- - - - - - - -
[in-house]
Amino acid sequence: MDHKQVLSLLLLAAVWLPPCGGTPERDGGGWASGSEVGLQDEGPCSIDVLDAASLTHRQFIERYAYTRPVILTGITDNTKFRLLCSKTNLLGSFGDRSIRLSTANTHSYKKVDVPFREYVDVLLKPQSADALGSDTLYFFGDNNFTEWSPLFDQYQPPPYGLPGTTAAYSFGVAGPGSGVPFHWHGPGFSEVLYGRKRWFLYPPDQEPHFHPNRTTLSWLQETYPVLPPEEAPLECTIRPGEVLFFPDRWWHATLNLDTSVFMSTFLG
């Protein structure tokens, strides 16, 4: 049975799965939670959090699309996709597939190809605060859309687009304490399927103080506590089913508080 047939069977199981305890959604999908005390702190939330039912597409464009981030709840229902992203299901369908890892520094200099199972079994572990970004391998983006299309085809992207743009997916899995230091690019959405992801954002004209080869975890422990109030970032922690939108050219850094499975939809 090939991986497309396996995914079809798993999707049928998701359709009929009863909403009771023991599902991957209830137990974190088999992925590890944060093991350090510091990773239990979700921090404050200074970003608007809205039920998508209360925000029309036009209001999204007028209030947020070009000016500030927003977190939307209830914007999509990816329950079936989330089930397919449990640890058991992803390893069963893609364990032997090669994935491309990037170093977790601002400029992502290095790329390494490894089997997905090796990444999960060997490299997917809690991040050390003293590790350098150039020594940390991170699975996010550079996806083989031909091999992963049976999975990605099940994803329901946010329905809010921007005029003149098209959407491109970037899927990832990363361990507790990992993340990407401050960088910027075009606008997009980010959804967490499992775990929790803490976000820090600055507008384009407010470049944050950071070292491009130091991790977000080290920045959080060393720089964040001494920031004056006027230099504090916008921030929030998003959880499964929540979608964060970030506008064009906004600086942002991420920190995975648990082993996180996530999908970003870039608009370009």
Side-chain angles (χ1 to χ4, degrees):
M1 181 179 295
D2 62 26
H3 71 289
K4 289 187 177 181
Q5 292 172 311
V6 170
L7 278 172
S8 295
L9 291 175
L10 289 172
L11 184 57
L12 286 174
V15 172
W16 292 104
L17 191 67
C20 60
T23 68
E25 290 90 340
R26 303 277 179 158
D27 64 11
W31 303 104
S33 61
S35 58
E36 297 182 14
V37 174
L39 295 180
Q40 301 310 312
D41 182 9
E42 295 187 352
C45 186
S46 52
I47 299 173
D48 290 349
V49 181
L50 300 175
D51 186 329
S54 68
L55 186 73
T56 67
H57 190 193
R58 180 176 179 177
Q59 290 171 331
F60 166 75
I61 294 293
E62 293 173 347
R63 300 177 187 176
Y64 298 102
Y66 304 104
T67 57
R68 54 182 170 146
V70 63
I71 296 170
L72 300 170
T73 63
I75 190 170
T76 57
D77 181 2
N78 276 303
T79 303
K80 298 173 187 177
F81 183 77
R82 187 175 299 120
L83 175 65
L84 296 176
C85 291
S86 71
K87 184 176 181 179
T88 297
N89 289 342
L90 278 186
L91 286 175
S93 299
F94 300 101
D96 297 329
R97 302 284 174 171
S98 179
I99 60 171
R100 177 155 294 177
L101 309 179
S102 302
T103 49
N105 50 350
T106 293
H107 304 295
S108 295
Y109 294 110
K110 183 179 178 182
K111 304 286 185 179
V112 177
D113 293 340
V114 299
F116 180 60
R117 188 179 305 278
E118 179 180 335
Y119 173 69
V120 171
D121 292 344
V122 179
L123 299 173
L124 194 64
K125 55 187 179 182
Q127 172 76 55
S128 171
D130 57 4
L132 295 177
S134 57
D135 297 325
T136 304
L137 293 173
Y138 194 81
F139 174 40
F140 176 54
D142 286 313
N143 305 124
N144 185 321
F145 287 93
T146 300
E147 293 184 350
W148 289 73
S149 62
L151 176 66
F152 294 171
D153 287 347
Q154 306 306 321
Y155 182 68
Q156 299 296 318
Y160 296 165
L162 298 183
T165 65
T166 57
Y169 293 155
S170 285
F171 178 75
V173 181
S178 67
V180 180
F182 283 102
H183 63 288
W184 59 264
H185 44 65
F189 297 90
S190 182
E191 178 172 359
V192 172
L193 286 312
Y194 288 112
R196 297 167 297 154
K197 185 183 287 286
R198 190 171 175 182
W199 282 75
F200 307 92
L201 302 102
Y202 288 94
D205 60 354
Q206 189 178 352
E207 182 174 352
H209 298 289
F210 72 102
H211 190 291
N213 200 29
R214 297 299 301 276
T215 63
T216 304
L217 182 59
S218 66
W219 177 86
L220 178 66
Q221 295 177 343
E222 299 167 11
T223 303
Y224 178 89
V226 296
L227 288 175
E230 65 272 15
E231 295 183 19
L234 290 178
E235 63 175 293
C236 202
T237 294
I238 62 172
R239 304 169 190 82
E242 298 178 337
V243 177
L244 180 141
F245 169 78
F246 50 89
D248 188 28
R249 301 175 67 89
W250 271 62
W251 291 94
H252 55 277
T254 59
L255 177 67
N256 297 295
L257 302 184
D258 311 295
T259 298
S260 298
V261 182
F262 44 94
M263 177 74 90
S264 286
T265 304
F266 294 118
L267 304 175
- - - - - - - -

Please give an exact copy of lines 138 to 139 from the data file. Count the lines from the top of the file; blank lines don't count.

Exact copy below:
V173 181
S178 67